U.S. Trade Gap Widens in 2016 as Exports, Imports Both Shrinkby
The U.S. trade deficit widened last year to the biggest since 2012 as exports fell more than imports, though a narrowing gap in December suggests demand is stabilizing overseas for American goods.
For all of 2016, the deficit increased 0.4 percent to $502.3 billion, including a wider annual gap with Mexico and a smaller one with China, Commerce Department figures showed Tuesday. The monthly shortfall shrank 3.2 percent to $44.3 billion. The median forecast in a Bloomberg survey of economists called for a deficit of $45 billion in December.
While a bigger annual deficit reflects President Donald Trump’s concern that other nations are benefiting from jobs and manufacturing at America’s expense, an improving economy makes it tough to shrink the gap as steady U.S. consumer spending drives imports. December had the strongest monthly gain in exports in four years, while imports rose the most since June.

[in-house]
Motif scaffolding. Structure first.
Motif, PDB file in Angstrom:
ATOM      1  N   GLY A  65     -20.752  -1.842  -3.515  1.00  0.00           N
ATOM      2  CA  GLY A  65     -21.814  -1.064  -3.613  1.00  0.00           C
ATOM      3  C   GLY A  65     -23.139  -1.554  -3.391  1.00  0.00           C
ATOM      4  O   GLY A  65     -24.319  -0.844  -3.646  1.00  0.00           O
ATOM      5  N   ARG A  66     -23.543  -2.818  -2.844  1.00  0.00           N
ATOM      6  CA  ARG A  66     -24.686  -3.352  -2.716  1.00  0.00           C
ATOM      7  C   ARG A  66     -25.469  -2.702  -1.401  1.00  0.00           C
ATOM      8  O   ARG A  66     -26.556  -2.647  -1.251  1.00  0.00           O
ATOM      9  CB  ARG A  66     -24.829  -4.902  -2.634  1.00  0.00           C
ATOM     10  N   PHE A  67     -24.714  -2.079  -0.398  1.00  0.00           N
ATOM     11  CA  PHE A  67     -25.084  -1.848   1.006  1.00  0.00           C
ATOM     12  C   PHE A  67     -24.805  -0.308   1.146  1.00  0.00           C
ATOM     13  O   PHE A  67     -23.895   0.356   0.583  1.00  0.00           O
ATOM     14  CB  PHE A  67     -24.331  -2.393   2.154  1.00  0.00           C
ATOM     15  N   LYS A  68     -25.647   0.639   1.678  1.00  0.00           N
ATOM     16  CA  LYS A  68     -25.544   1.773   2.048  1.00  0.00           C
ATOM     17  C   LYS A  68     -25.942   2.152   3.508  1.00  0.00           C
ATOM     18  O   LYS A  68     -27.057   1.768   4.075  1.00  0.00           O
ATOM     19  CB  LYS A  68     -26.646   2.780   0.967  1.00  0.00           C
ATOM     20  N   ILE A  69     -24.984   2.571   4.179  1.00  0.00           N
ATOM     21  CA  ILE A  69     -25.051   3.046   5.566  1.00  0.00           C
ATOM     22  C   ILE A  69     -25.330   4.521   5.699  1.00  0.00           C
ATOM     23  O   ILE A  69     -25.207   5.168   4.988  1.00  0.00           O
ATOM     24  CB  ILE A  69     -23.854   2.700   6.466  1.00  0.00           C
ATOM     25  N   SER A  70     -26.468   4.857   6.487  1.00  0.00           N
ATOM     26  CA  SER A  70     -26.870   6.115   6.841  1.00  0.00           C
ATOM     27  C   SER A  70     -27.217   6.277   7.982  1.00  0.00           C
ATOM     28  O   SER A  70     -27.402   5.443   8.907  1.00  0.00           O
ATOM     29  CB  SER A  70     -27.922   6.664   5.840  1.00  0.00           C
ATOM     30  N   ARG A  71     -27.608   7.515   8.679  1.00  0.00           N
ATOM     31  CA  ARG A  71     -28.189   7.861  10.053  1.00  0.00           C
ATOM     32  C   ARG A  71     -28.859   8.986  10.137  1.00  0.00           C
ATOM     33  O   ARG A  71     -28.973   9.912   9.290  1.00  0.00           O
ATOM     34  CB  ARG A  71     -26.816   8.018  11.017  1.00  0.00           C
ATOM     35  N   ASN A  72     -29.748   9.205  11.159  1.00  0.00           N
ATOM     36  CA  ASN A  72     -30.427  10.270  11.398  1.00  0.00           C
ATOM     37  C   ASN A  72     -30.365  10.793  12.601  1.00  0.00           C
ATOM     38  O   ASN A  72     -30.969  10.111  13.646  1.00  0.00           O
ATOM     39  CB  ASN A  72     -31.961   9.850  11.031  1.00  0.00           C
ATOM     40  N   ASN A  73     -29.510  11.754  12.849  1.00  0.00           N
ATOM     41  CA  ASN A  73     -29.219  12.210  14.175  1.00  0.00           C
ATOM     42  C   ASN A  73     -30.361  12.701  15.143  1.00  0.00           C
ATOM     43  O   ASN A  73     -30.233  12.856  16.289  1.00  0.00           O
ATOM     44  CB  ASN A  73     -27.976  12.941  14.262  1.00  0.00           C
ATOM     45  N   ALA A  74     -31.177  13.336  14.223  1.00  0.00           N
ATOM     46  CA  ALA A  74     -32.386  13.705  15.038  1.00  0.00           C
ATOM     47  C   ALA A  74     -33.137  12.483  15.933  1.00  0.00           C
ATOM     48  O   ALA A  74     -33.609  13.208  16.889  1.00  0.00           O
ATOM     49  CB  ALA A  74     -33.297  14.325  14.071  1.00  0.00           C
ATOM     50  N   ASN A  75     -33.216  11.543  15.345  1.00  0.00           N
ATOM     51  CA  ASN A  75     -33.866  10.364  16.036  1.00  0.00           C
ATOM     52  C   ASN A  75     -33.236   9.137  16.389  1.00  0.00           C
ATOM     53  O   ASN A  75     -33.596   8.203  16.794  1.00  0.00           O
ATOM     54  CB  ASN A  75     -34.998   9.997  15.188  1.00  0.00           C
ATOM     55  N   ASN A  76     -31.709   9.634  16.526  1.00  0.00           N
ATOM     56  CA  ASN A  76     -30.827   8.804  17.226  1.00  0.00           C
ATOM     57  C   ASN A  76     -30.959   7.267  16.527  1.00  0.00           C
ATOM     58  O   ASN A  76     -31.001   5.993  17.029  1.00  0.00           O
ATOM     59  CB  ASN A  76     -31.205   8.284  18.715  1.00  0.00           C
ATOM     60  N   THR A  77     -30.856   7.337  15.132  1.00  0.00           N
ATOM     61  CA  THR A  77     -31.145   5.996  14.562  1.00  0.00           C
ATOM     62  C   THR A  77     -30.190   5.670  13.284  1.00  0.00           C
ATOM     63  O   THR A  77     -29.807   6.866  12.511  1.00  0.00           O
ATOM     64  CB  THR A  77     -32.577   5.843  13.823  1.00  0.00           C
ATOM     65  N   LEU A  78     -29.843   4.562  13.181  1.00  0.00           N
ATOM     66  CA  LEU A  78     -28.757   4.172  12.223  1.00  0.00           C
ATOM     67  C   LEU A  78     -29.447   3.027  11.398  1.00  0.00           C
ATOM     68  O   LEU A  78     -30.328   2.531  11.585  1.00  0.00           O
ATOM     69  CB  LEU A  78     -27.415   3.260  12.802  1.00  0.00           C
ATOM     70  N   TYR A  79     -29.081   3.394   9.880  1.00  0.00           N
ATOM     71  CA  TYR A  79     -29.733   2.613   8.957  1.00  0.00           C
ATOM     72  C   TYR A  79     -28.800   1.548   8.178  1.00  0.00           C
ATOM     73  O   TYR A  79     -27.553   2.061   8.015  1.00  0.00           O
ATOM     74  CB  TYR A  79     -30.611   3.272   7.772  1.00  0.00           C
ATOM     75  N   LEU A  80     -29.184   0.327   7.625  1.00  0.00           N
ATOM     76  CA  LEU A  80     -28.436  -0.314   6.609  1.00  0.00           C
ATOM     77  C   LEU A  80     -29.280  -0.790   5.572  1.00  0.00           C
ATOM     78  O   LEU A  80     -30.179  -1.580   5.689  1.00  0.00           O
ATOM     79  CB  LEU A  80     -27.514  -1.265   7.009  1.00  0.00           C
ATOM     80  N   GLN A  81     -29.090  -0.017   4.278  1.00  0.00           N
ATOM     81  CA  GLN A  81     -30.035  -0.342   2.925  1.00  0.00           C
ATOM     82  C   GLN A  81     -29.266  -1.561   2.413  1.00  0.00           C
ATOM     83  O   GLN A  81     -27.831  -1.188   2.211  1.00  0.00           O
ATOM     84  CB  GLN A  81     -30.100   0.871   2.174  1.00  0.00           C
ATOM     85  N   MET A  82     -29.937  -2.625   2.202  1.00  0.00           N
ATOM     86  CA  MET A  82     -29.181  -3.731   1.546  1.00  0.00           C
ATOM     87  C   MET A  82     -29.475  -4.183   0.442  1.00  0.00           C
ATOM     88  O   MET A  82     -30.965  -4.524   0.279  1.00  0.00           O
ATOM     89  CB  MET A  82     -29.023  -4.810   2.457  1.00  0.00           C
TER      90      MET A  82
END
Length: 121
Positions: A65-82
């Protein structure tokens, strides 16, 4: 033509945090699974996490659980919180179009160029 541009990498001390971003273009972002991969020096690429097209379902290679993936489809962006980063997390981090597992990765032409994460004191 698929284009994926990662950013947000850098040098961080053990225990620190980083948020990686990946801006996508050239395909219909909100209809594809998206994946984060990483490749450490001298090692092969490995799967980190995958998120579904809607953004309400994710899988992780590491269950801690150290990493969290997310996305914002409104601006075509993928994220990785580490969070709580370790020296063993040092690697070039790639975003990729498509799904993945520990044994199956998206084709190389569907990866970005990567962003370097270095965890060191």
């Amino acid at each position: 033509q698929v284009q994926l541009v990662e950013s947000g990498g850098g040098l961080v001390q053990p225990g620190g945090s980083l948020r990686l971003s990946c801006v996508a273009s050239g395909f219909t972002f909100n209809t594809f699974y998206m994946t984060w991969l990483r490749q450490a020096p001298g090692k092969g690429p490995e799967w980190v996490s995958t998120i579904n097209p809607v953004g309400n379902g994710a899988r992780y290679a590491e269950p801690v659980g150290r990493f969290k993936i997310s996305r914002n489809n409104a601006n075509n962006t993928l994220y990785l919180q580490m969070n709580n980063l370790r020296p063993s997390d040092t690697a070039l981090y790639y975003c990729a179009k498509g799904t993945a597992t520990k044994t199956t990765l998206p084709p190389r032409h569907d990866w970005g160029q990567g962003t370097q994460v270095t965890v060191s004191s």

Bloomberg survey estimates for the December goods-and-services trade deficit ranged from $42 billion to $46 billion. The November gap was revised to $45.7 billion from an initially reported $45.2 billion. For all of last year, exports declined 2.3 percent, while imports fell 1.8 percent.
Exports in December increased 2.7 percent, the most since September 2012, to $190.7 billion, on higher sales of commercial aircraft and industrial supplies, the Commerce Department data showed.
Imports rose 1.5 percent to $235 billion on purchases of motor vehicles and materials used in manufacturing.
Excluding petroleum, the trade shortfall narrowed to $38.2 billion from $39.7 billion.
After eliminating the influence of prices, which renders the numbers used to calculate gross domestic product, the trade deficit shrank to $62.3 billion in December from $63.9 billion in the prior month.
Net exports subtracted 1.7 percentage points from fourth-quarter GDP, the most since the second quarter of 2010, figures showed last month. The wider trade deficit followed a spike in soybean shipments that boosted exports in the July-to-September period. The economy grew at a 1.9 percent annualized rate last quarter.
The trade data also showed the deficit with China, the world’s second-biggest economy, shrank to $347 billion from $367.2 billion. The shortfall with Mexico expanded to a five-year high of $63.2 billion, from $60.7 billion in 2015.